They haven’t changed the age-old story, but it’s stripped down to nine characters, with an excellent Helen Colby here doubling-up as the Stepmother and the Fairy Godmother, and an ensemble of two! The music isn’t their best, but better than much (and certainly better than any panto version I’ve seen) and its played really well here by a 5-piece band (which sounds a lot bigger). Christopher Hone’s design is superb, working wonders with the tiny Tabard Theatre space in very inventive ways that themselves make you smile and Alex Young’s direction is very sure-footed indeed.

Kirsty Mann and Vlach Ashton are excellent romantic leads and Brendan Matthew & Sarah Dearlove very good as the King & Queen. I loved the interpretation of Cinderella’s sisters – Kate Scott as a somewhat manic Joy and Lydia Jenkins with rather more ‘attitude’ as Grace. The prince’s Steward Lionel was given a bit of a camp makeover by Josh Carter to good effect.

Given the time of year (and this was a matinée too), this somewhat sophisticated entertainment was played to rather too many young children I’m afraid and the seat kicking, crisp & sweet eating and fidgeting rather wore me down. This is far too good for kids (and in my opinion certainly not suitable for under 7’s) and maybe an evening performance would have been better. That said, congratulations to the Tabard for quality alternative seasonal fare.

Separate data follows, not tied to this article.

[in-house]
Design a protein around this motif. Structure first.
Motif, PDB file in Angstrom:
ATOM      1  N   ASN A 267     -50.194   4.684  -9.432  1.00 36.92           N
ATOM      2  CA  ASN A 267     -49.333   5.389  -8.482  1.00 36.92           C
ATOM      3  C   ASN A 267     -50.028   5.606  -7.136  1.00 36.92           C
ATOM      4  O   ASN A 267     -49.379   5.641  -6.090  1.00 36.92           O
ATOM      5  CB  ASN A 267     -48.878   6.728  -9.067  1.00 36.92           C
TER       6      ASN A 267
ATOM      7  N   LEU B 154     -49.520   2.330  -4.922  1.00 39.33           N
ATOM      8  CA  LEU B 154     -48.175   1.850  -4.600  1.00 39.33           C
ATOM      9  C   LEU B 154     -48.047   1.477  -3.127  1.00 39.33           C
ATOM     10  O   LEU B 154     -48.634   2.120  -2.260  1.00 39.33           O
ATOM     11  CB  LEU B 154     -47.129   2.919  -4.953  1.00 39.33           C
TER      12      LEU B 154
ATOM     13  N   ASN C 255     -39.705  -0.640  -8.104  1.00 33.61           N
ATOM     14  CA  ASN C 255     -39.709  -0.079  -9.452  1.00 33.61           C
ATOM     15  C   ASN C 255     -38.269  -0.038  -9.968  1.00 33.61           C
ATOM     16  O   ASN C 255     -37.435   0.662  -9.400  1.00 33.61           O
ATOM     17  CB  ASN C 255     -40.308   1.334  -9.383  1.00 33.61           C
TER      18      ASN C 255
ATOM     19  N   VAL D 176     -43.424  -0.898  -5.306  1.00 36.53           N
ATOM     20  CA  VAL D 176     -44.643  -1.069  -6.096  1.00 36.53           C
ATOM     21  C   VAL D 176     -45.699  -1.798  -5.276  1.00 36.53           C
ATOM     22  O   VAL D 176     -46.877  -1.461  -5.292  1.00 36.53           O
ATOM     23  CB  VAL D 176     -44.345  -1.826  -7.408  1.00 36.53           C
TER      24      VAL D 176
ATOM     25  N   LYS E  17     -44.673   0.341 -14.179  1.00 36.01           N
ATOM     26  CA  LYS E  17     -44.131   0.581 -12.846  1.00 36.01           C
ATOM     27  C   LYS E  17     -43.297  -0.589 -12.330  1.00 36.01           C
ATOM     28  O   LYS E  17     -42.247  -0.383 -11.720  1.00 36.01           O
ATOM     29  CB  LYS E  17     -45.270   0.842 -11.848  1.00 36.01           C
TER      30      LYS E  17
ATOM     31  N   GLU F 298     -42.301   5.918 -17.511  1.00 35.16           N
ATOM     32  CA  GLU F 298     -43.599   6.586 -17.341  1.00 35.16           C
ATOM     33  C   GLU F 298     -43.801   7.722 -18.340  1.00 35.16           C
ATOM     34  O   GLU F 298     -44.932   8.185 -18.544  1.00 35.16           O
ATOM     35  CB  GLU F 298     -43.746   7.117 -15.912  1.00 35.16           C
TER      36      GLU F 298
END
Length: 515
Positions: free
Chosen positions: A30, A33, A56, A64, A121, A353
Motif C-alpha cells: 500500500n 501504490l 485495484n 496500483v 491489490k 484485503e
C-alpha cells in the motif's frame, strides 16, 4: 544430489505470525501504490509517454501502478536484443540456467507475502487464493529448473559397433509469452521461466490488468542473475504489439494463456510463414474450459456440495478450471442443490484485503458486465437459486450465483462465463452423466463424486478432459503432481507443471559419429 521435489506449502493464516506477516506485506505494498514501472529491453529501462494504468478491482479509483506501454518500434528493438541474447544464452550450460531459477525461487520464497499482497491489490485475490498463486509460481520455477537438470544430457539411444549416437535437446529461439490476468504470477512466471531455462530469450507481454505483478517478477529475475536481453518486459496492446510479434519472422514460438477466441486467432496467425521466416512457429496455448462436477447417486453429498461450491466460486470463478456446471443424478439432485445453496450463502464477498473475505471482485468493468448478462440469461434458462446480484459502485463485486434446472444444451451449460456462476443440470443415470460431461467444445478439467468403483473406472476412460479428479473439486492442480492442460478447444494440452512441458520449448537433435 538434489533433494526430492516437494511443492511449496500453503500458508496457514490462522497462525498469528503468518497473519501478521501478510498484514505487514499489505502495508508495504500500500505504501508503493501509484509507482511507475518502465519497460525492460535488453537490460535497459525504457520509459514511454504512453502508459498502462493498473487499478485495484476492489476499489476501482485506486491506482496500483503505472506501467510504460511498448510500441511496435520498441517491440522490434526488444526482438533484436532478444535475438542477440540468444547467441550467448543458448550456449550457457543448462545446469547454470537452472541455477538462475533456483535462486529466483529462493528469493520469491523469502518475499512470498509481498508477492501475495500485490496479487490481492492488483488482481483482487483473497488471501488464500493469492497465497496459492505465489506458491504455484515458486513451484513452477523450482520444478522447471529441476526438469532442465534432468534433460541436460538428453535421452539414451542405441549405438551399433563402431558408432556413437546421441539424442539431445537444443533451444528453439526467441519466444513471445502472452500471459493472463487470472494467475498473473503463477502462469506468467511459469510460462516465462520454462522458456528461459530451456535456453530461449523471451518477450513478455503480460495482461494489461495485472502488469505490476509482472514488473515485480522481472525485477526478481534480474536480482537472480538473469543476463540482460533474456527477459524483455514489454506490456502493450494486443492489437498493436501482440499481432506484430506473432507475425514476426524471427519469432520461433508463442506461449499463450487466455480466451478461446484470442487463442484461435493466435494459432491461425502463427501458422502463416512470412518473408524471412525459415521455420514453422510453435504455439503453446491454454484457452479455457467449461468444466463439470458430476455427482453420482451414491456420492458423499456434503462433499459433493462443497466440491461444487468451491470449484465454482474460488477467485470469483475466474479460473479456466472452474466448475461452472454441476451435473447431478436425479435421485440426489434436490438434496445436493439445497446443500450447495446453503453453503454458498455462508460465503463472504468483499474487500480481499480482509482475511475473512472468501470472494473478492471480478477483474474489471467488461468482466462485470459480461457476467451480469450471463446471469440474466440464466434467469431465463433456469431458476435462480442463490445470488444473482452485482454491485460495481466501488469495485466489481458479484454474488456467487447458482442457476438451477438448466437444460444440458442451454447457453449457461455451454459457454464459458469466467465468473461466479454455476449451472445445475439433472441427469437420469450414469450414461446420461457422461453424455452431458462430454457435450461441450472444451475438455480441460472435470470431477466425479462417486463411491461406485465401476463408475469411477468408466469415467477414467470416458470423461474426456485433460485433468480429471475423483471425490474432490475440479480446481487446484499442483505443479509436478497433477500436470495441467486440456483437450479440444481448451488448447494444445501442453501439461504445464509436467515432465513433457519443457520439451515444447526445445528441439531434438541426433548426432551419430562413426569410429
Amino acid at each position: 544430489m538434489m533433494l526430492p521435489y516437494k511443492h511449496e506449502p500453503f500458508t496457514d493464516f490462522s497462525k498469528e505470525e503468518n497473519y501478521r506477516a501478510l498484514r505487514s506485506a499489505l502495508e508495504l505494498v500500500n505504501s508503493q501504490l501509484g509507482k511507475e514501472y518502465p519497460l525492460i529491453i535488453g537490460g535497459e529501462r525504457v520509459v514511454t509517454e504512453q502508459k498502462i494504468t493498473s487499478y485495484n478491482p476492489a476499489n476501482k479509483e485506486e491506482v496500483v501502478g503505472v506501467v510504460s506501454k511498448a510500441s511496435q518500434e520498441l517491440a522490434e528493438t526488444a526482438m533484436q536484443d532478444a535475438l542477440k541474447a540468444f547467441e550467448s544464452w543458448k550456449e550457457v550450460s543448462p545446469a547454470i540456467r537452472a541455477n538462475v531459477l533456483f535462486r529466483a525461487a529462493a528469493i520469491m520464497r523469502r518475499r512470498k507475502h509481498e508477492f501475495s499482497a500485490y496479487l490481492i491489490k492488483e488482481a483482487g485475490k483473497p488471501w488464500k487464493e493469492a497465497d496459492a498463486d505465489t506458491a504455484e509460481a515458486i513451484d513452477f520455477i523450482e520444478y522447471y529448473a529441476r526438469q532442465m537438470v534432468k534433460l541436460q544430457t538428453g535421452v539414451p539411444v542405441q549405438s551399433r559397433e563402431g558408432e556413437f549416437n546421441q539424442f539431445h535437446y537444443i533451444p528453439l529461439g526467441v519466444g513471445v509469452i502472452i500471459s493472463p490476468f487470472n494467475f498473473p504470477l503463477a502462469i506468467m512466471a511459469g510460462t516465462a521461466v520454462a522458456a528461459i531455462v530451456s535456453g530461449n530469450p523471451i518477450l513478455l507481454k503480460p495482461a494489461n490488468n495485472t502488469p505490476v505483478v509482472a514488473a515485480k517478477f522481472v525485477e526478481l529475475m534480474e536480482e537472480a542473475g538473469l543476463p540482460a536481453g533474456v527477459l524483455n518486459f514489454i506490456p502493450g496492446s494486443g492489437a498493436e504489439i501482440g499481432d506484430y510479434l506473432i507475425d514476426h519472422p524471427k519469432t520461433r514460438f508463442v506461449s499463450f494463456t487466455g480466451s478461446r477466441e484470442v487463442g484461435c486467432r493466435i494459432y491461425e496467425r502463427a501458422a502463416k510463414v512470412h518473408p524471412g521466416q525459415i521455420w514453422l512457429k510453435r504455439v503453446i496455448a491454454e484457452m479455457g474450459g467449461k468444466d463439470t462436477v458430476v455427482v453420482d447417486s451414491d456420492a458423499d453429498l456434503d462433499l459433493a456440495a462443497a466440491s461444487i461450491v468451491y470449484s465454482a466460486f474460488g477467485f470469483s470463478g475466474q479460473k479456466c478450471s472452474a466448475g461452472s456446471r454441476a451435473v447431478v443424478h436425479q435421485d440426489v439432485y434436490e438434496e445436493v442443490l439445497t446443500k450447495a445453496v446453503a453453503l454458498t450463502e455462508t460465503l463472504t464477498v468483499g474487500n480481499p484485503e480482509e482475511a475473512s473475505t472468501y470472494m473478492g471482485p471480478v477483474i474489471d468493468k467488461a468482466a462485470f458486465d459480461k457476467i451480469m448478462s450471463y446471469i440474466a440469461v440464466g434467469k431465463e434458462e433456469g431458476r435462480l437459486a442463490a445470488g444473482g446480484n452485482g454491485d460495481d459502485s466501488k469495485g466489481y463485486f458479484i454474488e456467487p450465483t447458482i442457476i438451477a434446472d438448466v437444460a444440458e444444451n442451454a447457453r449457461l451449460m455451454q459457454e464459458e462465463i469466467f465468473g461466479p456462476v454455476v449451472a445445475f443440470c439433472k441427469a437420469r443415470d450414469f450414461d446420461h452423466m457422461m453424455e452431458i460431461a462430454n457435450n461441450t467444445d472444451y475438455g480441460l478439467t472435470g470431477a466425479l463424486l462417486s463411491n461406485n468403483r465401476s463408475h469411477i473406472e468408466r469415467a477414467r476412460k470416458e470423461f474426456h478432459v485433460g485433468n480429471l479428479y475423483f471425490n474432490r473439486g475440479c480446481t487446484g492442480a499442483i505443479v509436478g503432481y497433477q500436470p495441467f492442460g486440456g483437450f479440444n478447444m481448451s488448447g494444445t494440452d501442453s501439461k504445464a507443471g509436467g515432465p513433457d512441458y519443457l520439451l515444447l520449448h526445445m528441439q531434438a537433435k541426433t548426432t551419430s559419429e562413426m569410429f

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This isn’t exactly culture, but after plays about dysfunctional relationships, broken Britain, grief & sectarian conflict and an opera set in Auschwitz, it was a welcome tonic to end the week!

It’s a 22 year-old reworking of a 44 year-old Broadway show by Clark Gesner based on Charles M Schultz  ‘Peanuts’ comic strip, given a delightful small-scale production by Anthony Drewe at the little Tabard Theatre in Chiswick. There’s no story as such – just cartoon strips turned into sketches with songs – but it’s the characters which make it hang together. The songs aren’t particularly distinguished, but its funny in a panto sort of way, appealing to adults and children, but each getting something different. For us adults, it’s wry, tongue-in-cheek and quirky.